And at the very least, Jerry did fly the flag at half mast that day, after I asked.... :-)

When I went out on my loop, walking down the long fairway of the 5th hole (a legitimate Par 5 with an out of bounds on the left that even I had hooked into once myself) kind of with the whole group since their balls were fairly close together on the fairway and one of the guys in the foursome who I was carrying for (his bag was on my right shoulder) asked if I knew what was up with the half-mast flag (he had seen Jerry putting it up on the way over to the practice green earlier).

I explained about how we were just showing some respect for Chef Boyardee, who had just passed away. You know, how maybe someday it would be fancy food we'd be into but I was 14 and the Chef was all I needed these days....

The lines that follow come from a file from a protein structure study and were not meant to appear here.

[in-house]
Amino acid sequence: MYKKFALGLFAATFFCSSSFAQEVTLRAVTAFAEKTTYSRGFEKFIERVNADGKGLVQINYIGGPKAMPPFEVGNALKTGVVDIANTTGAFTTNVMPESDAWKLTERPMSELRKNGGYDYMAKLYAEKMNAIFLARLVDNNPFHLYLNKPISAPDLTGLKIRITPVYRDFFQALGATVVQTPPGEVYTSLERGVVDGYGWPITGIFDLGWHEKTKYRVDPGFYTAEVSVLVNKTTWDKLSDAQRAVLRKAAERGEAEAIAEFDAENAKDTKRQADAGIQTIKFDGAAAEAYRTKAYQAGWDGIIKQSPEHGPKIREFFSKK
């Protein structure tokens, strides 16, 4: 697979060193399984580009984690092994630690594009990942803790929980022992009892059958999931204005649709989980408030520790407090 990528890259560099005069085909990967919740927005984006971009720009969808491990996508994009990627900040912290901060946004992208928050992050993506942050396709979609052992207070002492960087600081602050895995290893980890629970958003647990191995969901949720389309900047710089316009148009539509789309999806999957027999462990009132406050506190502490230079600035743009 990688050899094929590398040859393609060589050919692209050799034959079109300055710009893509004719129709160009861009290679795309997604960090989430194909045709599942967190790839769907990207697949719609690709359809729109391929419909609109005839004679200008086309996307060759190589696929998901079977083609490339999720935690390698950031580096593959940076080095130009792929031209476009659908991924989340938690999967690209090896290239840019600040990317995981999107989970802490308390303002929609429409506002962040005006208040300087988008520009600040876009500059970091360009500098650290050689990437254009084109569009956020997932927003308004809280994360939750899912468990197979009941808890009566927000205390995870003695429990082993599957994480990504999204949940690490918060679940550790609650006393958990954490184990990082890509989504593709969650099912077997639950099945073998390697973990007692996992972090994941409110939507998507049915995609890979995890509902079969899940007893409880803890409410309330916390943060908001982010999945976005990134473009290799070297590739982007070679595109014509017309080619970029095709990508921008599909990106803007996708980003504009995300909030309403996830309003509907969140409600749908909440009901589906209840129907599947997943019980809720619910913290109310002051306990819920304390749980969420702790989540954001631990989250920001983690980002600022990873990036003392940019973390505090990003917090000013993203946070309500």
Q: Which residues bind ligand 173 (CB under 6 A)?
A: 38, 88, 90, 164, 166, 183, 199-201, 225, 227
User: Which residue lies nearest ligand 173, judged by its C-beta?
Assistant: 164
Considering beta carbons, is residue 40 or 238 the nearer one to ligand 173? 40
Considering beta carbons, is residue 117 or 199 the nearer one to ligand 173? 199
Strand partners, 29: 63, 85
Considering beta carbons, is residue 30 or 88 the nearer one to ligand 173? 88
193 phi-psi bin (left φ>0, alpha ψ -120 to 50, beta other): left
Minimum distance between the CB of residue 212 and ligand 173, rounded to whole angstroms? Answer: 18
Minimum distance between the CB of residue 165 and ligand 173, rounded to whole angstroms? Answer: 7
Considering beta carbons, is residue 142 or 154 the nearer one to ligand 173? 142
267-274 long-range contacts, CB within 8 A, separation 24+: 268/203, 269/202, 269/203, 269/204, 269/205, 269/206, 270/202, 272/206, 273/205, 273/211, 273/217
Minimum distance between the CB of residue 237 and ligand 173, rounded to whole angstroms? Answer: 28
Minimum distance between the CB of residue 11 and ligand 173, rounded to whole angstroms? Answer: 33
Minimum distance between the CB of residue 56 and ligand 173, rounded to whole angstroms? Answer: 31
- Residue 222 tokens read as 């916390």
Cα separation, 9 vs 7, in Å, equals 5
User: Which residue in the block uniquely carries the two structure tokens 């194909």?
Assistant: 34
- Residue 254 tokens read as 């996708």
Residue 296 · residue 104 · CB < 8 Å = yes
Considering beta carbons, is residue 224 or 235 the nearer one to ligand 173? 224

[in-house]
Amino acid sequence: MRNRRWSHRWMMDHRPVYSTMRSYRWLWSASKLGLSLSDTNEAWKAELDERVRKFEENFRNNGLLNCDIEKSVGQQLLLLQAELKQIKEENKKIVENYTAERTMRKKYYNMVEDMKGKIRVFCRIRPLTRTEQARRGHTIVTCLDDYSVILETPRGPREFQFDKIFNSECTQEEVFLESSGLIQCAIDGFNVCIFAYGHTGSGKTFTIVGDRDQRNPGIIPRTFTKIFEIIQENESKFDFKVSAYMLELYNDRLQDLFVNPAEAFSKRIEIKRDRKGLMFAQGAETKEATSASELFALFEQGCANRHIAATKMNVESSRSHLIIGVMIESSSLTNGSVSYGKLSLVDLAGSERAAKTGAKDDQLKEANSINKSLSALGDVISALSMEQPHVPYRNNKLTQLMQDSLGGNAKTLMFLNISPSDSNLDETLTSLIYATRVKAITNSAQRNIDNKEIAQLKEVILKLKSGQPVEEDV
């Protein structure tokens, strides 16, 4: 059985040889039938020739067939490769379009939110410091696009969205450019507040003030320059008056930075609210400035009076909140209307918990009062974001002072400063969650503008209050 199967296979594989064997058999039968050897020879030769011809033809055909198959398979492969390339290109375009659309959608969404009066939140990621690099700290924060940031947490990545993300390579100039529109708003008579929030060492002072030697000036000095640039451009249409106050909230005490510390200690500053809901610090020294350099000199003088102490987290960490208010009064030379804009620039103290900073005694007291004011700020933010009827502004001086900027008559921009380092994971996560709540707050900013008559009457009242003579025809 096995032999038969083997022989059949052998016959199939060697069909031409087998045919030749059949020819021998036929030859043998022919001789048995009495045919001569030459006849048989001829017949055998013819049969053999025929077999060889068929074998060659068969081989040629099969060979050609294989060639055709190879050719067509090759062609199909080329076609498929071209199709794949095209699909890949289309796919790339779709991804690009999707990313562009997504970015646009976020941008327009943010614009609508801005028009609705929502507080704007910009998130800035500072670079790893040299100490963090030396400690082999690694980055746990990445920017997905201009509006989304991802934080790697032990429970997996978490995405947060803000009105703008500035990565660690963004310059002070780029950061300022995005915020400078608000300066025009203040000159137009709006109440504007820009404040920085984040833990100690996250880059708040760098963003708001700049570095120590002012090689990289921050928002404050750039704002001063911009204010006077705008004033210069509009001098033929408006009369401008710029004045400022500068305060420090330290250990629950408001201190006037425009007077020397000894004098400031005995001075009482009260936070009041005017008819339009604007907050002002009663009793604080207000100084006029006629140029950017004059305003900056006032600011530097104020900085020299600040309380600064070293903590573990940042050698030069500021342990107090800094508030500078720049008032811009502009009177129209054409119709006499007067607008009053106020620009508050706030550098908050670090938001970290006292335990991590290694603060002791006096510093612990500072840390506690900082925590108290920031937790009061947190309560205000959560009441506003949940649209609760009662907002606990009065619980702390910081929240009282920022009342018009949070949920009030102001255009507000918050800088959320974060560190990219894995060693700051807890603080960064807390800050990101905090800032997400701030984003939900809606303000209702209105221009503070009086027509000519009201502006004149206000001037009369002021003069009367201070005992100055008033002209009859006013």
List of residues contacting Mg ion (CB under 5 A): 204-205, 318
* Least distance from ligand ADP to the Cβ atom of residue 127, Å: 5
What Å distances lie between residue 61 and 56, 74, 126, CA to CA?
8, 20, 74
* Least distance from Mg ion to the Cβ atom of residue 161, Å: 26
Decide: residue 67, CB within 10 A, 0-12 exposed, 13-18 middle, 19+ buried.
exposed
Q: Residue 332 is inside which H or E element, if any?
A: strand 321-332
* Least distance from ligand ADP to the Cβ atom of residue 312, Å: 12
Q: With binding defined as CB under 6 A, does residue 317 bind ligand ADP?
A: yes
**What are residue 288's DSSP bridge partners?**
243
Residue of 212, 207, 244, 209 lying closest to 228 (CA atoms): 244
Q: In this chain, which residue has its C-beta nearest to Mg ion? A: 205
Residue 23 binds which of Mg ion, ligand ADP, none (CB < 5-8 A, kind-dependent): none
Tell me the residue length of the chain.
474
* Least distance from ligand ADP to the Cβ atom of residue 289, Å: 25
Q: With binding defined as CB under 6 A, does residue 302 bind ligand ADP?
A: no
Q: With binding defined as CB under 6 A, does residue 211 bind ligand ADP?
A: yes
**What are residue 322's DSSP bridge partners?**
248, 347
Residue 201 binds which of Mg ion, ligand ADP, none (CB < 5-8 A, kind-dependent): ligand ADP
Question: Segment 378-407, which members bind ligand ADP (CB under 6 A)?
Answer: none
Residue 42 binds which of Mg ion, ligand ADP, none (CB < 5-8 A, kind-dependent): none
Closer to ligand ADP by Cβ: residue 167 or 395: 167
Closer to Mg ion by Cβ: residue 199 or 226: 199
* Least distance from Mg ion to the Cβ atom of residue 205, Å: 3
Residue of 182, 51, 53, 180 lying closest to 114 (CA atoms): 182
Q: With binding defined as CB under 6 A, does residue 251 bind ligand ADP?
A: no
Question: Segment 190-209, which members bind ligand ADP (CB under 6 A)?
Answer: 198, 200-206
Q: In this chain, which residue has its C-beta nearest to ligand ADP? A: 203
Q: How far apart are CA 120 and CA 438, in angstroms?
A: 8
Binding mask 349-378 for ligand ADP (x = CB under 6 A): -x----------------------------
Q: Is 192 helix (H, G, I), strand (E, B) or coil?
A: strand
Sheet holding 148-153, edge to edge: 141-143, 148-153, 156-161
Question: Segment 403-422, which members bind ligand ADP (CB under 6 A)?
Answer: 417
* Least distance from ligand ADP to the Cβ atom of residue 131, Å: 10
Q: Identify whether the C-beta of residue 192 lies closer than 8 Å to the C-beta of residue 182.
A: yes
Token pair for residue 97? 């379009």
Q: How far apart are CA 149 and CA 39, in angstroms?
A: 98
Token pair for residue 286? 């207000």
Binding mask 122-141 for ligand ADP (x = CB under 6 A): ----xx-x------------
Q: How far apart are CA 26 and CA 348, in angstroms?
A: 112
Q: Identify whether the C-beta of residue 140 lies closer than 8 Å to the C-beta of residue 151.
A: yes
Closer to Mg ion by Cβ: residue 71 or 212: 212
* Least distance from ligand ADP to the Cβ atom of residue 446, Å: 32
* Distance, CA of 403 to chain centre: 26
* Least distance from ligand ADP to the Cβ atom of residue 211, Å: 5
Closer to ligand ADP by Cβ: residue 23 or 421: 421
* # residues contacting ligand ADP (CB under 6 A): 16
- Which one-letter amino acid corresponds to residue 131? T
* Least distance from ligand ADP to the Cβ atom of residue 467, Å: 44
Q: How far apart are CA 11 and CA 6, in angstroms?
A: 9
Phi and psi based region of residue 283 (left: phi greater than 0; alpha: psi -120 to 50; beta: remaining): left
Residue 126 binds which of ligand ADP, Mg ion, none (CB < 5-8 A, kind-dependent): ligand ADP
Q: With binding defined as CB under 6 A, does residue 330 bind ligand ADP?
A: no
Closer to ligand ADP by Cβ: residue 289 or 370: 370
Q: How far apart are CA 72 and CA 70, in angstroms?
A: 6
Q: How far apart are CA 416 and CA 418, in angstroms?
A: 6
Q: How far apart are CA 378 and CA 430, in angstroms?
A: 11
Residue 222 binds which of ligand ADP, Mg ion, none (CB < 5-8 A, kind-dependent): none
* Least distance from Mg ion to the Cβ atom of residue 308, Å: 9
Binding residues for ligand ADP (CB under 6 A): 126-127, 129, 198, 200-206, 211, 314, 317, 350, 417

They were all kind of surprised but I was very earnest in my little soliloqouy and the other caddy nodded reverently, so no one laughed. A few nice things were said about his pasta, but obviously things were pretty reverent.

It all lightened back up by the 7th hole when a rather crazy slice became as point of focus, and we moved back into cheerier interaction. I remember being relieved that we weren't going to act like the whole loop was a funeral march, and the other caddy was also relieved (no want wants depressed golfers when the time to get paid rolls around!).

At the end of the loop (light bags, good golfers -- one of mine shot a 77 and the other a 79 -- and the day was not too hot, all and all it was minimal effort required) I got an extra hundred dollar billover the money I expected for carrying the bags including tip (between $30 and $50, and it was $50) -- so at $150 this was the single largest amount I had ever received up to that date and the larget amount ever outside of a big money game or tournament game, with no real reason given beyond a few kind words he said to me about the little speech on the fifth hole fairway. And that golfer had never tipped me that much, before or since. The $50 would be much more typical for this particular golfer....